What ever happened to a shorter workweek? Back in 1870, the average workweek was in excess of 70 hours. In the 1930s, the 40-hour week became standard. In most other countries in the world those numbers have continued to decline, but not here. The dividend of our increasing productivity ought to be divided between higher real earnings and increased leisure. We've lost the second half of that equation.
There are possibilities to the virtual office and working from home, but I think it remains to be demonstrated that you won't end up with just a high-tech home sweatshop where you can't get rid of work. Instead of 10 hours of work at the office, you might wind up doing 15 hours at home. We have to think about defining models for harnessing technology to the benefit of people, rather than using it to extend their subjugation.
Peter Cappelli is chair of the management department at the University of Pennsylvania's Wharton School of Business and author of Change at Work.
You don't hear much about downsizing anymore because companies have a bigger issue, and that's attrition. Companies are downsizing and hiring at the same time. They're shifting skills, getting rid of people with skills they don't need anymore and hiring new ones. They have been telling skilled people for years to look out for themselves: Develop your skills and look out for the next job.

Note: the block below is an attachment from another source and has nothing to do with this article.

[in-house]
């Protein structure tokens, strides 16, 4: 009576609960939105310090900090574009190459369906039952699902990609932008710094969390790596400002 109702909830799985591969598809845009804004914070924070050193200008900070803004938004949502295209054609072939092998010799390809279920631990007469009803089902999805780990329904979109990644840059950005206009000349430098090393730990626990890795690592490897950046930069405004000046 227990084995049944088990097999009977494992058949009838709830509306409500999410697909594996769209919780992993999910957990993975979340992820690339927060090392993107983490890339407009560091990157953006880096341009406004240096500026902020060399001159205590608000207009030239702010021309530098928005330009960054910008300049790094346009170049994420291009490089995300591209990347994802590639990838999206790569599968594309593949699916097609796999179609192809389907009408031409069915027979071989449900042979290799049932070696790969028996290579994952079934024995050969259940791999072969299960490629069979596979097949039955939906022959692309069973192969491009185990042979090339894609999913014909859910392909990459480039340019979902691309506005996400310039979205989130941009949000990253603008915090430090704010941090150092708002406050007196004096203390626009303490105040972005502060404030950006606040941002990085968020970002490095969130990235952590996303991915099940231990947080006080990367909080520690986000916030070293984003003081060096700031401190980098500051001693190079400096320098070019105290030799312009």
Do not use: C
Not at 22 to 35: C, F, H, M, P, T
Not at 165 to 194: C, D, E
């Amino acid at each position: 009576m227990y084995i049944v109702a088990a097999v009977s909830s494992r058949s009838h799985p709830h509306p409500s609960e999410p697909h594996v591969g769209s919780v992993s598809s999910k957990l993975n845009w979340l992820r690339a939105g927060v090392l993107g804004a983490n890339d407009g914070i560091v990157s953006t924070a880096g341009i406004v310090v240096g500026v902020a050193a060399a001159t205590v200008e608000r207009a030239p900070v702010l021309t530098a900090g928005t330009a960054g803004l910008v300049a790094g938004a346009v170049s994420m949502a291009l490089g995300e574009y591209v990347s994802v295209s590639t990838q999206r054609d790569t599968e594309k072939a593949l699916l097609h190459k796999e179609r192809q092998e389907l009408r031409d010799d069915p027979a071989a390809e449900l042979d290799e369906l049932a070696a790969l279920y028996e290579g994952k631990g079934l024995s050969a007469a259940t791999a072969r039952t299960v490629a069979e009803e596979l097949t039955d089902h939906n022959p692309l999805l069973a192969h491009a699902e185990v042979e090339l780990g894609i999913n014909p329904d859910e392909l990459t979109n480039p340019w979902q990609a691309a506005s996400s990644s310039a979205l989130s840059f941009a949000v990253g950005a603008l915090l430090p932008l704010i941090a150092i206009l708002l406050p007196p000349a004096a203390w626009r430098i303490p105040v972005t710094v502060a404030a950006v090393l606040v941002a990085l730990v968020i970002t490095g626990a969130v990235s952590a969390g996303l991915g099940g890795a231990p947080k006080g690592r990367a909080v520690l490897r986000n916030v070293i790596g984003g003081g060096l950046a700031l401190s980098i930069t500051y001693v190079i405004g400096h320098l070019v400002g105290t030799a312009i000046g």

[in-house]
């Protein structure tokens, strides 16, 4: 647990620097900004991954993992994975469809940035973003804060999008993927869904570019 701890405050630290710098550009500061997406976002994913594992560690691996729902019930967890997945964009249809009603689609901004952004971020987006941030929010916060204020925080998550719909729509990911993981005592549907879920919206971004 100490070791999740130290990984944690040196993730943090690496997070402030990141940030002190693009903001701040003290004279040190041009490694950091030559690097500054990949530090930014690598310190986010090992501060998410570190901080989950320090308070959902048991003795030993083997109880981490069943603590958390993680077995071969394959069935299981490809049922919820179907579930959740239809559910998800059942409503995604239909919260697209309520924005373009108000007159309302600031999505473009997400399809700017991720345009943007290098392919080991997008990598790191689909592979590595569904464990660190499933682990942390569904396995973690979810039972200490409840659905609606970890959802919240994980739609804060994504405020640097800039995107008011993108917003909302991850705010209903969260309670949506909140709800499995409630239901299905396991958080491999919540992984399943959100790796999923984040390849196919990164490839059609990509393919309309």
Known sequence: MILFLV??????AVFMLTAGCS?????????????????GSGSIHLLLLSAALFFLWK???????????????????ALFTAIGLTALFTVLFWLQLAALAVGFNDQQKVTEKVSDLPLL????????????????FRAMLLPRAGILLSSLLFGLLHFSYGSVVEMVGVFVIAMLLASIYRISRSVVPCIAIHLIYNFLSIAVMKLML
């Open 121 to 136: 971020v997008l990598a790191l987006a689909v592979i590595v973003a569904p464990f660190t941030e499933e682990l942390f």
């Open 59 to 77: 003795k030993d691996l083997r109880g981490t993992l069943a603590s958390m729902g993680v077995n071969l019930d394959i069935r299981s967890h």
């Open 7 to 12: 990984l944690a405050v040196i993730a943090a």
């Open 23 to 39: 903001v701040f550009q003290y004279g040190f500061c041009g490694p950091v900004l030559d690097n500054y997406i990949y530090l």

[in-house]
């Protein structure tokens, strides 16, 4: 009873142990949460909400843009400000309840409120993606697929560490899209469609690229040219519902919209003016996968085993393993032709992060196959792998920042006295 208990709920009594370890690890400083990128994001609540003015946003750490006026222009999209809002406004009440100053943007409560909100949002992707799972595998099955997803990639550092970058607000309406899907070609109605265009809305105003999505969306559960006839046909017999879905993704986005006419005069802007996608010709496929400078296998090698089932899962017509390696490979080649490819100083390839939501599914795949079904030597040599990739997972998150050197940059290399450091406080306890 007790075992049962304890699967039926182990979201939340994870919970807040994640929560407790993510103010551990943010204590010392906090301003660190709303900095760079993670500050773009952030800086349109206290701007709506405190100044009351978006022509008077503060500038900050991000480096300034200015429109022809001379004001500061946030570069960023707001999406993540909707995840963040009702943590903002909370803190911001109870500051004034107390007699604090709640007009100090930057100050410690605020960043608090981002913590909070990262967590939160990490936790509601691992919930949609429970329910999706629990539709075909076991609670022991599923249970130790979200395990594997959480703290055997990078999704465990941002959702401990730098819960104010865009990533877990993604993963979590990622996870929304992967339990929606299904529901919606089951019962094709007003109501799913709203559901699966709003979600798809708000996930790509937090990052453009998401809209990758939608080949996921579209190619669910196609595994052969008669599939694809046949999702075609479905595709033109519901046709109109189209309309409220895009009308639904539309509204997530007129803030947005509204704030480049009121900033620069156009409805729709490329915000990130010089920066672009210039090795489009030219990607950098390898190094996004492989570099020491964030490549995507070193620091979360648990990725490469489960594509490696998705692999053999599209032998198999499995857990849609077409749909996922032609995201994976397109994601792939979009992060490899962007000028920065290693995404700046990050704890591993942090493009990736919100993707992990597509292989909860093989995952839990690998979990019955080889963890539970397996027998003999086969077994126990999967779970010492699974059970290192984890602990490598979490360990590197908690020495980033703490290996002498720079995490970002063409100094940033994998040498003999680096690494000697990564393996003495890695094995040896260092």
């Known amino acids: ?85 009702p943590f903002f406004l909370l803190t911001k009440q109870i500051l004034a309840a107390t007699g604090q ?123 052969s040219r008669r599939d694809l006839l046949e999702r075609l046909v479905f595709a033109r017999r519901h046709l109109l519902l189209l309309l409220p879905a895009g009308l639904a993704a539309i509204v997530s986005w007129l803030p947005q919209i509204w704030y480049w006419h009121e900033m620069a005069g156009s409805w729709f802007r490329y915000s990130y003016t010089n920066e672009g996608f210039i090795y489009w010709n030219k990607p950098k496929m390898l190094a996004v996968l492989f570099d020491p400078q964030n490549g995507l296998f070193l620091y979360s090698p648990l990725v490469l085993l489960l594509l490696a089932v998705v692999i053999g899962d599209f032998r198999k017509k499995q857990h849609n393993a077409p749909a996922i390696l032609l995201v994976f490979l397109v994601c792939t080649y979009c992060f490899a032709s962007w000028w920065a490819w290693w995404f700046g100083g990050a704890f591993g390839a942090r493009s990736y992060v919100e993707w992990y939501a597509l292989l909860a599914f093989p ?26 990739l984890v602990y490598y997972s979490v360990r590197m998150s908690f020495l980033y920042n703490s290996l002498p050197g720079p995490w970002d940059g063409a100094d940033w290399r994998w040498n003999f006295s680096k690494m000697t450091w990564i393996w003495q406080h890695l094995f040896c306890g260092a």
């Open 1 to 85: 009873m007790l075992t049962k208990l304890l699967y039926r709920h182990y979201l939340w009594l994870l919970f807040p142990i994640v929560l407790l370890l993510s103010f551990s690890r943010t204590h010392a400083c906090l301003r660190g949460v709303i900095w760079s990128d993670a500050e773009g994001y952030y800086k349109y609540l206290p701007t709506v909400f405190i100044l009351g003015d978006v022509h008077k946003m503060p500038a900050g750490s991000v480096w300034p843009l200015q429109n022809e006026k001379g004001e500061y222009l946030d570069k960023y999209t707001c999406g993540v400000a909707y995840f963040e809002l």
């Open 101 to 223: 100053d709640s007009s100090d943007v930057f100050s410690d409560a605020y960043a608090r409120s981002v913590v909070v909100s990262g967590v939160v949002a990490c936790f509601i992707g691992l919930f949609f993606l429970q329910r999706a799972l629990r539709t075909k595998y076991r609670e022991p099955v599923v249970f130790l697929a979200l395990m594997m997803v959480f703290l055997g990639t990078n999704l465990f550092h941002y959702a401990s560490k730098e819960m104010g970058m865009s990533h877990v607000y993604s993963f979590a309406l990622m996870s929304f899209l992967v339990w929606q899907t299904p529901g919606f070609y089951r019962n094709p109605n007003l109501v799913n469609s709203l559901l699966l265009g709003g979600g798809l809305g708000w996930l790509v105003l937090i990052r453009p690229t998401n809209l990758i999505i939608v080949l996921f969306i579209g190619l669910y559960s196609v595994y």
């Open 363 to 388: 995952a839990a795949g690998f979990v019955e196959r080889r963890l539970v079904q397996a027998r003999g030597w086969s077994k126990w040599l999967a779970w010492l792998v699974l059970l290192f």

The relationship between employer and employee has changed in a fundamental way. We have moved it to the marketplace, a kind of arm's-length relationship that is much more volatile. The companies make out like bandits when the labor market gets weak, and workers make out like bandits when the labor market gets strong.
We have two choices. We can accept that we have moved to the market and that we have to adapt to it by making the market more efficient, developing credential systems and better mechanisms for distributing information. The other approach is essentially the European approach, which is to say that this is a bad idea and to try to block it. Practically, I don't think you can block it in the United States. There isn't a political will to impose a lot of controls on the labor market. For individual employers it makes no sense to swim against the stream. And so we've seen adaptations: more contingent compensation, more contractual work, a move to outsource more activities.